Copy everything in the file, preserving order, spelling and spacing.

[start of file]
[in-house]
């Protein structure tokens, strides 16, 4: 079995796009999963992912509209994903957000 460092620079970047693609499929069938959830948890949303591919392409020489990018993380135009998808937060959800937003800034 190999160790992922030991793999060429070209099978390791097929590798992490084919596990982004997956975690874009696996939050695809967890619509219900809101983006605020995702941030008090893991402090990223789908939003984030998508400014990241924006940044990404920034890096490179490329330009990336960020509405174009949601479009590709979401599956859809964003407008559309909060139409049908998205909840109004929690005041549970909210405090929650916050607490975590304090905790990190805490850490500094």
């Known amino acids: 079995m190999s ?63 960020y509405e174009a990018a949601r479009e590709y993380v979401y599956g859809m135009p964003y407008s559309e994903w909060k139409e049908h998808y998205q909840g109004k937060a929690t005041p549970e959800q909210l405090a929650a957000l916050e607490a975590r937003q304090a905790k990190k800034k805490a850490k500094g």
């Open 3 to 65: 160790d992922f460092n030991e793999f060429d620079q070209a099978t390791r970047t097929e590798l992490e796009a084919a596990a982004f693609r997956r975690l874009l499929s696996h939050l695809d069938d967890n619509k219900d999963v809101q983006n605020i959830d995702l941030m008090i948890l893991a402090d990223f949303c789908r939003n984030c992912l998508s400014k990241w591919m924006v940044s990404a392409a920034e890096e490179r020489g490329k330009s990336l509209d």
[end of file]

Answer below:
[in-house]
């Protein structure tokens, strides 16, 4: 079995796009999963992912509209994903957000 460092620079970047693609499929069938959830948890949303591919392409020489990018993380135009998808937060959800937003800034 190999160790992922030991793999060429070209099978390791097929590798992490084919596990982004997956975690874009696996939050695809967890619509219900809101983006605020995702941030008090893991402090990223789908939003984030998508400014990241924006940044990404920034890096490179490329330009990336960020509405174009949601479009590709979401599956859809964003407008559309909060139409049908998205909840109004929690005041549970909210405090929650916050607490975590304090905790990190805490850490500094």
């Known amino acids: 079995m190999s ?63 960020y509405e174009a990018a949601r479009e590709y993380v979401y599956g859809m135009p964003y407008s559309e994903w909060k139409e049908h998808y998205q909840g109004k937060a929690t005041p549970e959800q909210l405090a929650a957000l916050e607490a975590r937003q304090a905790k990190k800034k805490a850490k500094g």
């Open 3 to 65: 160790d992922f460092n030991e793999f060429d620079q070209a099978t390791r970047t097929e590798l992490e796009a084919a596990a982004f693609r997956r975690l874009l499929s696996h939050l695809d069938d967890n619509k219900d999963v809101q983006n605020i959830d995702l941030m008090i948890l893991a402090d990223f949303c789908r939003n984030c992912l998508s400014k990241w591919m924006v940044s990404a392409a920034e890096e490179r020489g490329k330009s990336l509209d």